On the eve of Arizona's most famous native son's celebrated birthday, Phoenix-area Sheriff Joe Arpaio unveiled his latest media stunt, the war-time invoking Operation Desert Sky -- a 30-plane air posse of armed volunteers to track Mexican smugglers. Only days before, Arpaio rolled his department's private tank into a quiet west Phoenix neighborhood to apprehend a flock of chickens and their unarmed cock-fighting enthusiast.
It's not enough to question the logic of Arpaio's extremist follies, or the cost to taxpayers while Arizona continues to witness the deaths of denied transplant patients and deal with draconian cuts to education. Or the fact that the Tea Party-controlled state legislature openly refused to fund enforcement efforts for the level-headed Sheriff Clarence Dupnik, whose Pima County actually runs along the Mexican border (unlike Arpaio's Maricopa County).
Makes you wonder: Who represents Arizona today? The reality TV show of the anti-immigrant antics of the Massachusetts-transplanted sheriff, the son of Italian immigrants, or the towering legacy of Arizona native and labor leader Cesar Chavez for environmental justice and democratic reform?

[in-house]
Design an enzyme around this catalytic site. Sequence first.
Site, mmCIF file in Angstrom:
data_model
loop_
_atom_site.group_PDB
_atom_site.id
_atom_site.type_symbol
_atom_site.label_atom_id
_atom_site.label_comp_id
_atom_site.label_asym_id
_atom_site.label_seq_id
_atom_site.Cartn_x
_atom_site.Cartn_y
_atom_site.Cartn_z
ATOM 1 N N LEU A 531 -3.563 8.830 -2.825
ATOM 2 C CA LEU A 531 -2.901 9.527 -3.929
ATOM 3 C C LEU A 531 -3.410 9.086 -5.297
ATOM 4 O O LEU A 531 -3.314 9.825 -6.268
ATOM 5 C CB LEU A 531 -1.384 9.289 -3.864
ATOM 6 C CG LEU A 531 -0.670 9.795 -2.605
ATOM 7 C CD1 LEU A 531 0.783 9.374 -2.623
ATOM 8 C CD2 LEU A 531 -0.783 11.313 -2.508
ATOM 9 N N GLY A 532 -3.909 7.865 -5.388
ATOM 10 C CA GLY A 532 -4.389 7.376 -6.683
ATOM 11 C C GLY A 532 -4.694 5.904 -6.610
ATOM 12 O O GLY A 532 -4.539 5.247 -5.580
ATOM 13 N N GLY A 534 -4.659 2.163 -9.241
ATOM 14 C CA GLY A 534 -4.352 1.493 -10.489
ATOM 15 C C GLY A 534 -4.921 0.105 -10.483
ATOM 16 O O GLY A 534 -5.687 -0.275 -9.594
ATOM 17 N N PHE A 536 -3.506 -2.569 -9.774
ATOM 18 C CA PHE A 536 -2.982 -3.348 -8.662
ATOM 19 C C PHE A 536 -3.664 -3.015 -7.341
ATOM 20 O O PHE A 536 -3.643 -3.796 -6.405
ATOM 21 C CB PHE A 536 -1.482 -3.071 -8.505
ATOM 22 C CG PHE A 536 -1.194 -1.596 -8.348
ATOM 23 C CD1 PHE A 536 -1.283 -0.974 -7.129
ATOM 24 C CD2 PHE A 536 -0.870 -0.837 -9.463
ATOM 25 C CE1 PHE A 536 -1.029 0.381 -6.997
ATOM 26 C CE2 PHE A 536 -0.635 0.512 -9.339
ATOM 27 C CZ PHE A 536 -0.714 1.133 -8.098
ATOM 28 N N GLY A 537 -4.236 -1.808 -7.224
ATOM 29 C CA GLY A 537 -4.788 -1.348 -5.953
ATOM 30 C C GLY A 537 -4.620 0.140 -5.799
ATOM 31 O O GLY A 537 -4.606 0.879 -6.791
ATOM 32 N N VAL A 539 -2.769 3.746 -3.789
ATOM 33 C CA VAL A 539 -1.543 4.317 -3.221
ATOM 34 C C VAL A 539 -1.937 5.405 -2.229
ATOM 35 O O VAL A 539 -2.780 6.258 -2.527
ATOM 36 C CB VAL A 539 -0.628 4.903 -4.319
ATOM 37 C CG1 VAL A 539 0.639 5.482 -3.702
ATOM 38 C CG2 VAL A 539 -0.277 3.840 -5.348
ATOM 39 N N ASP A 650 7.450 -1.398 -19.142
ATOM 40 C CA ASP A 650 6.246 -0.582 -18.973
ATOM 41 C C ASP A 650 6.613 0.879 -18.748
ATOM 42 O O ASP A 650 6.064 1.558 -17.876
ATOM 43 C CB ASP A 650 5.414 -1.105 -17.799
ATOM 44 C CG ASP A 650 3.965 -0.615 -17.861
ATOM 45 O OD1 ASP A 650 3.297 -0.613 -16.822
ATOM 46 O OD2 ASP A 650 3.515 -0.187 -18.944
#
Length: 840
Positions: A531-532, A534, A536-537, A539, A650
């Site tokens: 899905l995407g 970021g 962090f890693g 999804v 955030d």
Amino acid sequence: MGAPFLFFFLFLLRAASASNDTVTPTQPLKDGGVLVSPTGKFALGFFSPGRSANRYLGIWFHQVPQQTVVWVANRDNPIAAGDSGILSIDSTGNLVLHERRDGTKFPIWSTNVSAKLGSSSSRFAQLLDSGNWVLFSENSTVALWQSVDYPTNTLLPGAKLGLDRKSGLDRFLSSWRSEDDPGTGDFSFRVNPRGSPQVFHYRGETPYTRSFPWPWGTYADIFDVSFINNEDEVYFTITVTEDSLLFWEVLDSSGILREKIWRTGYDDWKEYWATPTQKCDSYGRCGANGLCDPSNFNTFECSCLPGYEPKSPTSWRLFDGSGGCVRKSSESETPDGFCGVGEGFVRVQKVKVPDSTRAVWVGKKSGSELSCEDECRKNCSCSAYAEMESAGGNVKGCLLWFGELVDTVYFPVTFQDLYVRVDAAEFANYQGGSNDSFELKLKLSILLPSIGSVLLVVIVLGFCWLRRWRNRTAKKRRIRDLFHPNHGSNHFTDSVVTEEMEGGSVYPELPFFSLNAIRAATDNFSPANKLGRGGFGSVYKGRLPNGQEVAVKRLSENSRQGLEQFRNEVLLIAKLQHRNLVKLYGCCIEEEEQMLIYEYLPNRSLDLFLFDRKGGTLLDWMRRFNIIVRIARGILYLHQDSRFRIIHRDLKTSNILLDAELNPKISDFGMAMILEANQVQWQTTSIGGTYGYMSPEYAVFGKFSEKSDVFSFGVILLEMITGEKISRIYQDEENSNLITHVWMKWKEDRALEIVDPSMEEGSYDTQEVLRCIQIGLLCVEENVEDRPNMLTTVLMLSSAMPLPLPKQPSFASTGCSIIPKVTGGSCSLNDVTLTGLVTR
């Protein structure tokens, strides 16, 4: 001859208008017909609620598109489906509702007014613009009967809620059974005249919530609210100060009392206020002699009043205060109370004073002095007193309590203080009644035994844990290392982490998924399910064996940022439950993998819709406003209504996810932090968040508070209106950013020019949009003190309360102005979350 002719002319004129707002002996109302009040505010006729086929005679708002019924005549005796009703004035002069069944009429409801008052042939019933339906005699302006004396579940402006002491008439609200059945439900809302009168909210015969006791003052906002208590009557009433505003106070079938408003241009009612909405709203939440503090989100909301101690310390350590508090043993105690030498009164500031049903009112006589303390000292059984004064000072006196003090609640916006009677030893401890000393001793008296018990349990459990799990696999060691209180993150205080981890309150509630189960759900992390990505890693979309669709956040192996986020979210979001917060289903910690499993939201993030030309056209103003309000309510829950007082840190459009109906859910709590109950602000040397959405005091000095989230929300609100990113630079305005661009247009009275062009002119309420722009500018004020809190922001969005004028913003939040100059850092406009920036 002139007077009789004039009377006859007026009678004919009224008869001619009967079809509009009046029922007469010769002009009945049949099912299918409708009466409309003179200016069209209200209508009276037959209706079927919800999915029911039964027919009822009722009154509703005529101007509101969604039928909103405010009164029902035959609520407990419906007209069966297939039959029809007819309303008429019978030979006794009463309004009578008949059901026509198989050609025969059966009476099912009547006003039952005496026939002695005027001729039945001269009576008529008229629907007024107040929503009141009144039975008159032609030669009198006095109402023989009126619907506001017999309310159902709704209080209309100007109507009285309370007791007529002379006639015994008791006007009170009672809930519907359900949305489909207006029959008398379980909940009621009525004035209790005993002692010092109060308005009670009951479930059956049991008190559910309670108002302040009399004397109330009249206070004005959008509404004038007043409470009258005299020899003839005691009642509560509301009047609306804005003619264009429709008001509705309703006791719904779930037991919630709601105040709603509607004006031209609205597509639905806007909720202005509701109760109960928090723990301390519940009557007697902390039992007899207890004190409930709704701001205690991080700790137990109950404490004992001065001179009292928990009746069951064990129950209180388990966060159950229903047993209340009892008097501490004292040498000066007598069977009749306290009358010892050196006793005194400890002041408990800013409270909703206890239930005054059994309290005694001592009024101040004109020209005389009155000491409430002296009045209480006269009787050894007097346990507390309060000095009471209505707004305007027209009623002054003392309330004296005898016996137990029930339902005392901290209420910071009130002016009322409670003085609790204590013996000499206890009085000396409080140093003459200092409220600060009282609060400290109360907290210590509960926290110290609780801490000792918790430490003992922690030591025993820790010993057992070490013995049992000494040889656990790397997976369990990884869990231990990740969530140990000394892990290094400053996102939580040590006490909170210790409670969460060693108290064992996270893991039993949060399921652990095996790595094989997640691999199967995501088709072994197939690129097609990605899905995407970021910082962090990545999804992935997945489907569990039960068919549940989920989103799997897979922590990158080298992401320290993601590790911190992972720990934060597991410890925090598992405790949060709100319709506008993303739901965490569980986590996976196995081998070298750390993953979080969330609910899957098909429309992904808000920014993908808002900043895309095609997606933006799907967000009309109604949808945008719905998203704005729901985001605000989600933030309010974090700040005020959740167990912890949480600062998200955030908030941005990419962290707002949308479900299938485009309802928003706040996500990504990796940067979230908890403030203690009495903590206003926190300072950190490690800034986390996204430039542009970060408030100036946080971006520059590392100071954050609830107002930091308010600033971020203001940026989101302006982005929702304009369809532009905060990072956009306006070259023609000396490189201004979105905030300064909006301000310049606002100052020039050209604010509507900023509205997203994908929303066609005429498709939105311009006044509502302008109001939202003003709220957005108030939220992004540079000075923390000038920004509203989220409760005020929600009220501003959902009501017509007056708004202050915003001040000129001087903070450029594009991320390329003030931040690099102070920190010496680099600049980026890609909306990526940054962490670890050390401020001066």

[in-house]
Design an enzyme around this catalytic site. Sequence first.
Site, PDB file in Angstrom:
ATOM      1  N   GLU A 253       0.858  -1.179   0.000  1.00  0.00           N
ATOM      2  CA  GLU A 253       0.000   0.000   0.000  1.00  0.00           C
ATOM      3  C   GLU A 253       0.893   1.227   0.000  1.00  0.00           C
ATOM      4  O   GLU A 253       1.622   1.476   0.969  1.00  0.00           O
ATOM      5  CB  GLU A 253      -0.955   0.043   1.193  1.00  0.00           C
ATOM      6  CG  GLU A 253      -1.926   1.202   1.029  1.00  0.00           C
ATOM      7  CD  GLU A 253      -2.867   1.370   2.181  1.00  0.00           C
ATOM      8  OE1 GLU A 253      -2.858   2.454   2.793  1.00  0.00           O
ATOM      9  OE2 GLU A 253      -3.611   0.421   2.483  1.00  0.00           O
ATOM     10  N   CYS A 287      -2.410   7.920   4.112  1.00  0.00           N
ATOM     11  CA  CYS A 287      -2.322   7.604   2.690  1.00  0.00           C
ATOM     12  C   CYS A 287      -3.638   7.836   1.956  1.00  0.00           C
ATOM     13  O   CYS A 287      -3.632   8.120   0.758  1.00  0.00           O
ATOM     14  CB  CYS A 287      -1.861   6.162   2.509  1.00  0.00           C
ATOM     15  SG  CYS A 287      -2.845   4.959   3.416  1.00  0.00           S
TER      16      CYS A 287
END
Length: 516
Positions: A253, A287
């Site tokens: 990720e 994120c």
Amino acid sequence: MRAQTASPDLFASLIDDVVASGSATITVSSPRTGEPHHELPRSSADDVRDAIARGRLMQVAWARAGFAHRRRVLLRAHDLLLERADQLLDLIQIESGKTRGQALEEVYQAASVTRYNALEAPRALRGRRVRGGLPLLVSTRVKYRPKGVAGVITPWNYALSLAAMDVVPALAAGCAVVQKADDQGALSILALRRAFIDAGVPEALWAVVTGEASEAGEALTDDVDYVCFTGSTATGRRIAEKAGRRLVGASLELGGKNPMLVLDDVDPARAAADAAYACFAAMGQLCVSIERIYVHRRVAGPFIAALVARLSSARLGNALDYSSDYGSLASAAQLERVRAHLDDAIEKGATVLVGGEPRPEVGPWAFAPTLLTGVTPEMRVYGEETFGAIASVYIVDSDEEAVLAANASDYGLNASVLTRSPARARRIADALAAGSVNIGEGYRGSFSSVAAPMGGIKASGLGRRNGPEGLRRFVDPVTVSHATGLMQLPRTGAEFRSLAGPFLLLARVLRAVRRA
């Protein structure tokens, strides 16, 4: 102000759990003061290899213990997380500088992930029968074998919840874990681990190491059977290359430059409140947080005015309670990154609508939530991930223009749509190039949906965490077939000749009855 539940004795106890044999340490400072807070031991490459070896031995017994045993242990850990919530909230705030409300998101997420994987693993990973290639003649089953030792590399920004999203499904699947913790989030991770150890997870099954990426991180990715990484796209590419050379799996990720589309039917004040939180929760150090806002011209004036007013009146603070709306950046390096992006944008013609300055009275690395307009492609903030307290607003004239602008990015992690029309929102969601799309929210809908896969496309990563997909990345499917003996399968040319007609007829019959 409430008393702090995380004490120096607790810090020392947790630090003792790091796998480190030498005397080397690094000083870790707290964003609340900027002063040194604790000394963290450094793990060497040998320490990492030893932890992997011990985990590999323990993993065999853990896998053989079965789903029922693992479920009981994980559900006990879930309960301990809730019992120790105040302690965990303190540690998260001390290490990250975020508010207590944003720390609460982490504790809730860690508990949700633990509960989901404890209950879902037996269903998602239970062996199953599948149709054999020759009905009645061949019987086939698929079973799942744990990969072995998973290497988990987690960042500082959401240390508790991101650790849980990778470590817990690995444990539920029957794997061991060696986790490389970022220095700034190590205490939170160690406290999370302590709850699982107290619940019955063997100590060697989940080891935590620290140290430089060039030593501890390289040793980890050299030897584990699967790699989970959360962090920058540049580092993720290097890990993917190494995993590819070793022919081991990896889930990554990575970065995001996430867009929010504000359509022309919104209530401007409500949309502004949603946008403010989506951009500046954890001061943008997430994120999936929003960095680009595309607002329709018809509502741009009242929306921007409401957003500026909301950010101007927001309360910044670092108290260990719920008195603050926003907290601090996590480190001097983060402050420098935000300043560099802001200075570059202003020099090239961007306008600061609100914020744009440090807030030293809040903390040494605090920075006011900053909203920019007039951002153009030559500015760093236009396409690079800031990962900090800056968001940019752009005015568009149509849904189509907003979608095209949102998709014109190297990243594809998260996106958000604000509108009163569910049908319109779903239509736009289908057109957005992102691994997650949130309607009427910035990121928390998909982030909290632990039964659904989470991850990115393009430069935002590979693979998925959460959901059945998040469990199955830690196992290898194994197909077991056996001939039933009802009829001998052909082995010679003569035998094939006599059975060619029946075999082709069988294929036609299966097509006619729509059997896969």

Arpaio, along with the witch hunt of the Mexican American Studies program in Tucson, and the radical state legislature "Arizona Gone Wild" agenda -- are the very reasons that many Arizonans and advocates across the nation are redoubling their efforts to establish a Cesar Chavez Holiday.
Cesar Chavez is Arizona's and our country's most important forgotten civil rights champion.
Hailed by Robert Kennedy Jr. as "one of the heroic figures of our times," Chavez's nonviolent United Farm Worker campaigns for clean water and clean air, workplace safety and union bargaining rights could not be more timely today.
President Obama would agree -- or rather, presidential candidate Obama, who declared during the 2008 campaign:
"As farmworkers and laborers across America continue to struggle for fair treatment and fair wages, we find strength in what Cesar Chavez accomplished so many years ago,'' Obama said in a statement from his campaign. "And we should honor him for what he's taught us about making America a stronger, more just, and more prosperous nation.
"That's why I support the call to make Cesar Chavez's birthday a national holiday. It's time to recognize the contributions of this American icon to the ongoing efforts to perfect our union."
Feliz cumpleaños, Cesar Chavez.